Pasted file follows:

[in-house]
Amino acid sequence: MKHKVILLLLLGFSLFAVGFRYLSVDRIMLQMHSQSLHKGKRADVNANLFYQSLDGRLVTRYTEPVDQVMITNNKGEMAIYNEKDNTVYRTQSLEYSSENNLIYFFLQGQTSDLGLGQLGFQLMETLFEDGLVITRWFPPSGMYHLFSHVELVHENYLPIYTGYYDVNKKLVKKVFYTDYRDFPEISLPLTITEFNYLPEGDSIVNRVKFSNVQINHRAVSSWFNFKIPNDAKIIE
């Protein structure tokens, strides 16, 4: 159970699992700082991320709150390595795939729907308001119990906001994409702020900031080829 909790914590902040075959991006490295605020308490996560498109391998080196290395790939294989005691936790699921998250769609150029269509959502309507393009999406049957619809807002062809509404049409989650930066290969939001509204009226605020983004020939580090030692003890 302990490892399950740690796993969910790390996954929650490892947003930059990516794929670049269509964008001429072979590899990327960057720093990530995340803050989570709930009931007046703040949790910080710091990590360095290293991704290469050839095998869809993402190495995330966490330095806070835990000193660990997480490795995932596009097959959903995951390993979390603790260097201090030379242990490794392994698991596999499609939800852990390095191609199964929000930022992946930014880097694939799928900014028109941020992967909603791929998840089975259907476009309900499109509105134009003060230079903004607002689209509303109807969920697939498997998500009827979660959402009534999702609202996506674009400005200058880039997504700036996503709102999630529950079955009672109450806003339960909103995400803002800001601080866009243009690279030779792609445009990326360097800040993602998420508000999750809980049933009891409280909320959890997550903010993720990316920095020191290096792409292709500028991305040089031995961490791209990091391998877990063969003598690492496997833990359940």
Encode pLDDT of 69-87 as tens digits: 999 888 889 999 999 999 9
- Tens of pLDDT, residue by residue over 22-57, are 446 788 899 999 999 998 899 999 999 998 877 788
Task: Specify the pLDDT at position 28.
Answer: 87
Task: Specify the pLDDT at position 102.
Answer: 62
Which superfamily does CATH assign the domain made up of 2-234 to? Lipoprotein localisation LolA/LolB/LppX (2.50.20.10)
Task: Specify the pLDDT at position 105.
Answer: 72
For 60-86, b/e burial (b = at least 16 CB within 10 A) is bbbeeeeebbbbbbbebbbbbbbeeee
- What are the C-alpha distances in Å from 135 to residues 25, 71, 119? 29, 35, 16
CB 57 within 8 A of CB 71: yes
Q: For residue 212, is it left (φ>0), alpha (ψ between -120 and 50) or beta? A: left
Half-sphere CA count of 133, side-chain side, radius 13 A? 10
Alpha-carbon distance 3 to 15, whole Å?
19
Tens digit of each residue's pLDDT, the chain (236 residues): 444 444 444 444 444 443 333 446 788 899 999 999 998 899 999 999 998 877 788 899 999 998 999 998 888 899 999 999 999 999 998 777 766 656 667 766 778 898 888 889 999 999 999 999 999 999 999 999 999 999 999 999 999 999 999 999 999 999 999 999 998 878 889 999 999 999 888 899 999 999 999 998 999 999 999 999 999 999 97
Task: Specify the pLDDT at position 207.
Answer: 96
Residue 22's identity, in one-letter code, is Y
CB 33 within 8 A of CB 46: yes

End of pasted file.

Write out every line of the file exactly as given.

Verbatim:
[in-house]
Amino acid sequence: MKHKVILLLLLGFSLFAVGFRYLSVDRIMLQMHSQSLHKGKRADVNANLFYQSLDGRLVTRYTEPVDQVMITNNKGEMAIYNEKDNTVYRTQSLEYSSENNLIYFFLQGQTSDLGLGQLGFQLMETLFEDGLVITRWFPPSGMYHLFSHVELVHENYLPIYTGYYDVNKKLVKKVFYTDYRDFPEISLPLTITEFNYLPEGDSIVNRVKFSNVQINHRAVSSWFNFKIPNDAKIIE
């Protein structure tokens, strides 16, 4: 159970699992700082991320709150390595795939729907308001119990906001994409702020900031080829 909790914590902040075959991006490295605020308490996560498109391998080196290395790939294989005691936790699921998250769609150029269509959502309507393009999406049957619809807002062809509404049409989650930066290969939001509204009226605020983004020939580090030692003890 302990490892399950740690796993969910790390996954929650490892947003930059990516794929670049269509964008001429072979590899990327960057720093990530995340803050989570709930009931007046703040949790910080710091990590360095290293991704290469050839095998869809993402190495995330966490330095806070835990000193660990997480490795995932596009097959959903995951390993979390603790260097201090030379242990490794392994698991596999499609939800852990390095191609199964929000930022992946930014880097694939799928900014028109941020992967909603791929998840089975259907476009309900499109509105134009003060230079903004607002689209509303109807969920697939498997998500009827979660959402009534999702609202996506674009400005200058880039997504700036996503709102999630529950079955009672109450806003339960909103995400803002800001601080866009243009690279030779792609445009990326360097800040993602998420508000999750809980049933009891409280909320959890997550903010993720990316920095020191290096792409292709500028991305040089031995961490791209990091391998877990063969003598690492496997833990359940």
Encode pLDDT of 69-87 as tens digits: 999 888 889 999 999 999 9
- Tens of pLDDT, residue by residue over 22-57, are 446 788 899 999 999 998 899 999 999 998 877 788
Task: Specify the pLDDT at position 28.
Answer: 87
Task: Specify the pLDDT at position 102.
Answer: 62
Which superfamily does CATH assign the domain made up of 2-234 to? Lipoprotein localisation LolA/LolB/LppX (2.50.20.10)
Task: Specify the pLDDT at position 105.
Answer: 72
For 60-86, b/e burial (b = at least 16 CB within 10 A) is bbbeeeeebbbbbbbebbbbbbbeeee
- What are the C-alpha distances in Å from 135 to residues 25, 71, 119? 29, 35, 16
CB 57 within 8 A of CB 71: yes
Q: For residue 212, is it left (φ>0), alpha (ψ between -120 and 50) or beta? A: left
Half-sphere CA count of 133, side-chain side, radius 13 A? 10
Alpha-carbon distance 3 to 15, whole Å?
19
Tens digit of each residue's pLDDT, the chain (236 residues): 444 444 444 444 444 443 333 446 788 899 999 999 998 899 999 999 998 877 788 899 999 998 999 998 888 899 999 999 999 999 998 777 766 656 667 766 778 898 888 889 999 999 999 999 999 999 999 999 999 999 999 999 999 999 999 999 999 999 999 999 998 878 889 999 999 999 888 899 999 999 999 998 999 999 999 999 999 999 97
Task: Specify the pLDDT at position 207.
Answer: 96
Residue 22's identity, in one-letter code, is Y
CB 33 within 8 A of CB 46: yes